Scott M. Sandridge

A Work in Progress

SpecMusicMuse—A Chimerical World Round Table Interview, Part 4

Welcome to the final part of the A Chimerical World Round Table interview. Hope you had fun. J

And Part 4 includes Cindy Koepp, J. H. Fleming, Alexandra Christian, Ed Ahern, and Christine Morgan.

 

Introductions

Well hello! My name is Cindy Koepp. I write science fiction, fantasy, and teacher resources when I’m not whistling with my African Grey, editing for two small presses, doing crafty stuff, or learning how to bend glasses back into shape.

I have one science fiction book, stories in 3 anthologies, and 4 books in queue at various publishers.

You can find more stuff about that at my website: http://ckoepp.com

My name is J. H. Fleming. My work has appeared in publications by Visionary Tongue, Evil Girlfriend Media, and Mocha Memoirs Press. I also have a novel and story collection coming from Pro Se Productions this year.

My name is Alexandra Christian and I wrote “Wormwood” for the anthology.  I’m a writer of paranormal erotic romance, horror and dark fantasy for Ellora’s Cave, Purple Sword Publications, Mocha Memoirs Press and now, Seventh Star.  To date, I’ve published 2 novels and 5 shorter works.  My newest release is my angel/ demon romance from Ellora’s Cave, Hellsong.

Ed Ahern. Forty seven stories published thus far, half fantasy/horror/scifi, balance childrens and adult fairy tales, retold folk tales and “literary” stories.

Christine Morgan is the author of several novels and over 60 published short stories, spanning various genres but leaning more toward the darker end of things. In addition to reading, writing, beta-reading and reviewing, she’s recently begun taking on more editing gigs. Her latest project is “Fossil Lake, an anthology of the aberrant,” which debuted at World Horror Convention 2014 in Portland. (http://fossillake.wordpress.com/)

 

Tell us a little about your story

Cindy: When I saw the submission details on Seventh Star Press’s site, I thought about the kinds of characteristics usually attributed to Elves and musical ability ranked high in the list. So, I considered how to put a musical Elf into a science fiction scenario and decided that an Elf would use music to help time their movements in a battle or activate the special characteristics of their equipment.

That gave rise to the idea for “The Last Mission.”

J. H.: My story is about a young girl who’s been dealt one blow after another. She’s sent away to live in a home for girls, some of whom have serious issues, others who have been sent there for bad behavior. She comes across a faery and her companion and thinks she’s finally gone mad, but further events make her realize that she may have found a way out of her bad situation.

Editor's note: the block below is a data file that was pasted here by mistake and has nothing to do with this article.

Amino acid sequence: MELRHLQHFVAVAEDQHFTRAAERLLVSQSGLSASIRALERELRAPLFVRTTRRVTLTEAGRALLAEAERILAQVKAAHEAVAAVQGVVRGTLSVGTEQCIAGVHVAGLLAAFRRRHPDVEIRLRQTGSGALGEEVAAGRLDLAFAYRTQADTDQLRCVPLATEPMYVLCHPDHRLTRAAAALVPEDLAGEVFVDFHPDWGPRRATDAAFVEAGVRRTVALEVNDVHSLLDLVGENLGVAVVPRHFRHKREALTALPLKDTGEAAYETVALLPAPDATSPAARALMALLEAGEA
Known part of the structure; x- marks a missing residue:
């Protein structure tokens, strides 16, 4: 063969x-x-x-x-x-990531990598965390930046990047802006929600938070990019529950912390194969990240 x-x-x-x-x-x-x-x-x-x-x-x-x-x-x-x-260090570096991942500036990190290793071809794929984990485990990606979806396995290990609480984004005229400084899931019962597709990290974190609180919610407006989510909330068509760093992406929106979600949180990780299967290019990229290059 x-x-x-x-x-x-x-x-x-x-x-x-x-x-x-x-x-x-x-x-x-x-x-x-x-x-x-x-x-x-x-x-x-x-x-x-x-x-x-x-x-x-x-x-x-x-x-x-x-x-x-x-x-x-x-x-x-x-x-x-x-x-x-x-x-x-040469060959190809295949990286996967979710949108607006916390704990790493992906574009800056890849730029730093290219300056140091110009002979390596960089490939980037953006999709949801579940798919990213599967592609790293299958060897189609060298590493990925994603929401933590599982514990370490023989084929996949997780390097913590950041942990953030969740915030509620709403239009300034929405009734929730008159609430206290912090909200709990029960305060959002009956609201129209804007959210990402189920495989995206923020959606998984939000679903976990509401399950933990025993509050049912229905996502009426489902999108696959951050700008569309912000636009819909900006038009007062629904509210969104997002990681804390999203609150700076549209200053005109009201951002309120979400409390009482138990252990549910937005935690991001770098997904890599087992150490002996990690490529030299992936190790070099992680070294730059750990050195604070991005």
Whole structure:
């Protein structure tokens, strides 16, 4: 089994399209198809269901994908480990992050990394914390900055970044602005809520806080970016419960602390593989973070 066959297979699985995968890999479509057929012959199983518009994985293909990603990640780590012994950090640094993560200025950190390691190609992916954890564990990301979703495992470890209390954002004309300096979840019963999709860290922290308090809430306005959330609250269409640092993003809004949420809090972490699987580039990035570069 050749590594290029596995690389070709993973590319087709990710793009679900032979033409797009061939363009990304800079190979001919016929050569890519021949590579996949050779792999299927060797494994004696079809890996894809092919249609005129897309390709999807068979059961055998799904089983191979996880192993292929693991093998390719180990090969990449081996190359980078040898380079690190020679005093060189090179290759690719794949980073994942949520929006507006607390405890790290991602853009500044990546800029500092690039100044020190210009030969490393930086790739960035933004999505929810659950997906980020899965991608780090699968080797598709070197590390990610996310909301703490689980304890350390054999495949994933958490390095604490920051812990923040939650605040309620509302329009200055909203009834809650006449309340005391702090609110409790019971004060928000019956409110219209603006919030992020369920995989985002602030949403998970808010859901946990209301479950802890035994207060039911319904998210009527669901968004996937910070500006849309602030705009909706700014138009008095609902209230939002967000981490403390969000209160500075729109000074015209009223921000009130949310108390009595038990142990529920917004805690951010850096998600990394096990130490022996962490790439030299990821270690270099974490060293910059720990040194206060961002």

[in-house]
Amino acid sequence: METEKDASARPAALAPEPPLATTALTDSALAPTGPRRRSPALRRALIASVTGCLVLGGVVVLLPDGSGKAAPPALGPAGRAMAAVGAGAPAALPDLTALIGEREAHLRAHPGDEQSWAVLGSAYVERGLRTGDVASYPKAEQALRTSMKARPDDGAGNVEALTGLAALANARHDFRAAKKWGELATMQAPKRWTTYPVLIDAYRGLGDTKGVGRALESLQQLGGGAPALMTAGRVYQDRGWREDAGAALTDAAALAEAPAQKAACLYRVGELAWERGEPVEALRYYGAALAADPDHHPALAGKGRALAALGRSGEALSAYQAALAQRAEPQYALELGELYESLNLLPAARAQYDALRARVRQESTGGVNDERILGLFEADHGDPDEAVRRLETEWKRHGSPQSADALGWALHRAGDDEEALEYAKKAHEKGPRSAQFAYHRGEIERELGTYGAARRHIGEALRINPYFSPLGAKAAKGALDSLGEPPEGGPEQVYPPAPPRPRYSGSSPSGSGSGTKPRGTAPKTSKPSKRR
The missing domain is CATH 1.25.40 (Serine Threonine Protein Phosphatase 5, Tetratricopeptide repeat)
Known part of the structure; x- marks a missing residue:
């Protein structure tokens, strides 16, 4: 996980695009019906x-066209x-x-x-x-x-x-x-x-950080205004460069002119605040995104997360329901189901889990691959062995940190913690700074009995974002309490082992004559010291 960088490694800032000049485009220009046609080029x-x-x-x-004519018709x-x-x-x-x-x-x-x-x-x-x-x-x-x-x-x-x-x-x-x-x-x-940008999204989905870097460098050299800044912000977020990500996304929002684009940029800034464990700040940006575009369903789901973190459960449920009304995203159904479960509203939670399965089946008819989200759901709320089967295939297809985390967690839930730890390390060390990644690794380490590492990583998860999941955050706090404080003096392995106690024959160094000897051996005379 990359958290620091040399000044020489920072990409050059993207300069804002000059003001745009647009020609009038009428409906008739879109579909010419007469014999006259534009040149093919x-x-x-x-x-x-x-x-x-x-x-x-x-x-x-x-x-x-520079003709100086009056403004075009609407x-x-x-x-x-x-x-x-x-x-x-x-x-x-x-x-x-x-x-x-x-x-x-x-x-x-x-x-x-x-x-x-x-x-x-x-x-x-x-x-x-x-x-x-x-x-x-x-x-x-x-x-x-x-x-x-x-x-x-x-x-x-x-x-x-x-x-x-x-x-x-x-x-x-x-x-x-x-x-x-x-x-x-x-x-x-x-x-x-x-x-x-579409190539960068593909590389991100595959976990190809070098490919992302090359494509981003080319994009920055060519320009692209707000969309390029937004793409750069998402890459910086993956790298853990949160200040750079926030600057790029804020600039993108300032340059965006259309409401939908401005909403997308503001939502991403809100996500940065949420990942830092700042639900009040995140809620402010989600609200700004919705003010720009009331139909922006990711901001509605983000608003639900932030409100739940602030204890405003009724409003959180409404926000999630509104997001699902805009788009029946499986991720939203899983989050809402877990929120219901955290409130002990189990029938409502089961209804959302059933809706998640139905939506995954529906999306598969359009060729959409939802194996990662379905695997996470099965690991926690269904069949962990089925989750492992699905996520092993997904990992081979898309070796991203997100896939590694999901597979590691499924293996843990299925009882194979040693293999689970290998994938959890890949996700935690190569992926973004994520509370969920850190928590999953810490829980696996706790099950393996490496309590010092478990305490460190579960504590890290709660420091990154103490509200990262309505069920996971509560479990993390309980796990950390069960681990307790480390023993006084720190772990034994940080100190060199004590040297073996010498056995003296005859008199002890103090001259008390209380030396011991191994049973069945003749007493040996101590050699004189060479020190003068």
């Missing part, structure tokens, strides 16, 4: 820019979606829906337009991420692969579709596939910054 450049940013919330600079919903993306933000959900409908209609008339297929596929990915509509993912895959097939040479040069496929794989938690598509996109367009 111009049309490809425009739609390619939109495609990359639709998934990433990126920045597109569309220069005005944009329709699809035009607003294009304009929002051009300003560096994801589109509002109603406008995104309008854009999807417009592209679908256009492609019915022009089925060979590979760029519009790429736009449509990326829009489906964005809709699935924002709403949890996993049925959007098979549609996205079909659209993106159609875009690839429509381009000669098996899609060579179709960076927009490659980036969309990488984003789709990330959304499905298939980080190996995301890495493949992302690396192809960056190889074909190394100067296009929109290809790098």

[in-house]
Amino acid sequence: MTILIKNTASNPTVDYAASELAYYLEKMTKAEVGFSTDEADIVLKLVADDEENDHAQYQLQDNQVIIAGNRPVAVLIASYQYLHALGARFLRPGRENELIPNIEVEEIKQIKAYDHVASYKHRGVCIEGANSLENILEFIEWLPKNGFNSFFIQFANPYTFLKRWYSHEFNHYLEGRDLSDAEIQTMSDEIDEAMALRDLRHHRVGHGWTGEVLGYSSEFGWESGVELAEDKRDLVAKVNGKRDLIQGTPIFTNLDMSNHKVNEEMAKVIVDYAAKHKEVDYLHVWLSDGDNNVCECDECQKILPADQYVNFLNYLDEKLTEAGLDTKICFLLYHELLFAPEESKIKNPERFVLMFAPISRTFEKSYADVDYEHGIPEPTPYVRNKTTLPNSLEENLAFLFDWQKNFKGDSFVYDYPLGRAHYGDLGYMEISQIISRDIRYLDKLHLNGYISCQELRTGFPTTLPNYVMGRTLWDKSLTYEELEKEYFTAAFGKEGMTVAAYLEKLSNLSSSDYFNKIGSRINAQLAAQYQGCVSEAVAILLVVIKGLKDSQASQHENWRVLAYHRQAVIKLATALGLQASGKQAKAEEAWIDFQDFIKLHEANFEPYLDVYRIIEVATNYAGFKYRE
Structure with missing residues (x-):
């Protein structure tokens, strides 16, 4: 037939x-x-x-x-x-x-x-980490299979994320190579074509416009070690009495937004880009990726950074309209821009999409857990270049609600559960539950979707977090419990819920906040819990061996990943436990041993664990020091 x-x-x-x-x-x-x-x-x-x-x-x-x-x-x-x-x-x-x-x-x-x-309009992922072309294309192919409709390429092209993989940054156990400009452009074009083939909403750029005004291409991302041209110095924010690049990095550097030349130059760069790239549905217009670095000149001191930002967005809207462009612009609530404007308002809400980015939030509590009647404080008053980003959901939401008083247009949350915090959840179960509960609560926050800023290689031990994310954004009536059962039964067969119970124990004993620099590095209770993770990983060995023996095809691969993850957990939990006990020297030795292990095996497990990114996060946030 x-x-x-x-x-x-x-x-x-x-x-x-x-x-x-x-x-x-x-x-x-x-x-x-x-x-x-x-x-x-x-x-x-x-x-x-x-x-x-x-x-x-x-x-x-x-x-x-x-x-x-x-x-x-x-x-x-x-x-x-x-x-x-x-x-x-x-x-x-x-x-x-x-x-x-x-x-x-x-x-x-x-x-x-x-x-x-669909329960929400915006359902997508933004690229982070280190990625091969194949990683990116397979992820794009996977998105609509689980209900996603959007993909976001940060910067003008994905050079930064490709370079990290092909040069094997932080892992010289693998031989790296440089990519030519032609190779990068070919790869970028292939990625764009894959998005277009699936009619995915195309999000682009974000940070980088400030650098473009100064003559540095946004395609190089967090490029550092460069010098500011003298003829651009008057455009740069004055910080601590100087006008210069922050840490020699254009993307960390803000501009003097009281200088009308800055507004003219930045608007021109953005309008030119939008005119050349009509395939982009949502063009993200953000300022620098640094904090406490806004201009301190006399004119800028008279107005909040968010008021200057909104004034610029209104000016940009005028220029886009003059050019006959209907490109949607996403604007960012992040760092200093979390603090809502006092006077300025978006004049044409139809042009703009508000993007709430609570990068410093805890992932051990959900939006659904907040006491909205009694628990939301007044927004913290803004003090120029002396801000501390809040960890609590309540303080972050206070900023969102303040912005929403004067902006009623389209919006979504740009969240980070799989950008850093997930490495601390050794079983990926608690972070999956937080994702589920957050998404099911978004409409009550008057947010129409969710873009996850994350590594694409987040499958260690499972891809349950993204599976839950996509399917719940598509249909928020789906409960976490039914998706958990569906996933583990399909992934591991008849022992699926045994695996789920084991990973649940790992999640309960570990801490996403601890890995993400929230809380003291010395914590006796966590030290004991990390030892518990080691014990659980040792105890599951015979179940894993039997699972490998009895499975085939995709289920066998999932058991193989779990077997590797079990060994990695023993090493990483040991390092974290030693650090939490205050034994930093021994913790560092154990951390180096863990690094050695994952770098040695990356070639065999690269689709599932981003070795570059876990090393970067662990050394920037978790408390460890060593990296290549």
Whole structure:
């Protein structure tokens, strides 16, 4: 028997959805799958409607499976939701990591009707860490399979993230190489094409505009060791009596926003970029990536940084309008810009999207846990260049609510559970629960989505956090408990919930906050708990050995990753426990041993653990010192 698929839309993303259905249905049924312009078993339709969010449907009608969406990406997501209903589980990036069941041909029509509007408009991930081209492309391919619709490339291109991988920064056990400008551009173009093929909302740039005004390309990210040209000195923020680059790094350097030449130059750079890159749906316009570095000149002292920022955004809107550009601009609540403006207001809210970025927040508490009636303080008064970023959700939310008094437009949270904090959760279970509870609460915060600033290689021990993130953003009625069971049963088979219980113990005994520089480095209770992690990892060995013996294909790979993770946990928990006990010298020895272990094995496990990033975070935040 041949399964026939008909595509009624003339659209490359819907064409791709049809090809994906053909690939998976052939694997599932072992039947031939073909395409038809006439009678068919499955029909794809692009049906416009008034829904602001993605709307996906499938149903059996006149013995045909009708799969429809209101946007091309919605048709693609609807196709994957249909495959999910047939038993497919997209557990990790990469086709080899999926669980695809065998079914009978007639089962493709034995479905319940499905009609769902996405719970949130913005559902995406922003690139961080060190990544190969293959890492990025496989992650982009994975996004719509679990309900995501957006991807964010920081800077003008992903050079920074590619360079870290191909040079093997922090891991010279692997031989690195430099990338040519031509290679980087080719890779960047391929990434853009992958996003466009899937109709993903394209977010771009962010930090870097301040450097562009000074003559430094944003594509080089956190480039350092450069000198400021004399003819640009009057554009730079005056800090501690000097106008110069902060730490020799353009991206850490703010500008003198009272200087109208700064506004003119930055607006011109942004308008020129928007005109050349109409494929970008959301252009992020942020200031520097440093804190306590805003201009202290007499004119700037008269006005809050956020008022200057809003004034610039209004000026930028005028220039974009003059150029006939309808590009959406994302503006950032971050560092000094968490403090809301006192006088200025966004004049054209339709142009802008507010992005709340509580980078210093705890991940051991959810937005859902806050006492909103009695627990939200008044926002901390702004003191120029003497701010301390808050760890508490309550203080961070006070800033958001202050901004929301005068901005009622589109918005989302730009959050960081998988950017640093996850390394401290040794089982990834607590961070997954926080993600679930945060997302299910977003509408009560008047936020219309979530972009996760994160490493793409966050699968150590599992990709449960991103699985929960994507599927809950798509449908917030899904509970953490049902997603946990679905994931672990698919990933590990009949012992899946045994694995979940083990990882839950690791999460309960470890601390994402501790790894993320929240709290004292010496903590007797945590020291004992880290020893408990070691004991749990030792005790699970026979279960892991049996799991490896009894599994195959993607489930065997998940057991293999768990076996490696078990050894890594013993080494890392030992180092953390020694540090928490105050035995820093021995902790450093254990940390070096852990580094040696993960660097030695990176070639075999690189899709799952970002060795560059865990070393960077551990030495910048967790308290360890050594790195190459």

Alexandra: “Wormwood” was born of boredom, honestly.  They say that the best stories are conceived doing tedious tasks.  It must be true because I completely wrote Freedom and Ady’s story while stuffing envelopes at the day job.  I wanted to shake up the “traditional faerie story” model and I was thinking about how to do that.  I’m a southern writer myself with an almost unhealthy obsession with the southern gothic genre.  I’m also a Shakespeare fanatic, so it only seemed natural to create a southern gothic story that incorporated the fae and Robin Goodfellow.

Ed: I have a swamp gas mind, and ideas ooze up frequently but unpredictably. My web site is appropriately titled swampgasworks.com. This story fits the pattern.

Christine: With “Taggers,” I wanted to take a skewed, updated, more urban look at the sort of “Shoemaker and the Elves” tale. Instead of the kindly craftsman and the helpful fairies, I went with a grouchy old locksmith in a decaying part of the city, and what happens when he catches one of the hooligans who’s been leaving graffiti on his wall … only to find that he’s dealing with no normal kind of hooligan.

 

What’s your favorite type of faerie?

Cindy: My favorite faerie would have to be Elves: tall, graceful wiseguys … er … wise guys, with a variety of different skills because you can learn a lot in several hundred years.

Ed: For adult fairy tales a noir persona with lots of defects. For children’s stories clean cut but as far away from the usual tropes as I can reach.

J. H.: My favorites are the ones who do whatever they want. Most faeries are really this way, but some lean more toward Seelie or Unseelie. I like the ones that surprise you because you never truly know which way they’ll go.

Alexandra: I’ve always had an affinity for the mischievous faerie.  In my younger days I was on a slow moving train wreck toward being an actress and my first major role was as Puck, or Robin Goodfellow, in a community theater production of “A Midsummer Night’s Dream.”  Ever since, Robin Goodfellow has been a particular favorite of mine.  His benevolent nature and bumbling prowess as a trickster have always fascinated me.  Like Freedom, I think he’d be an amazing friend to have.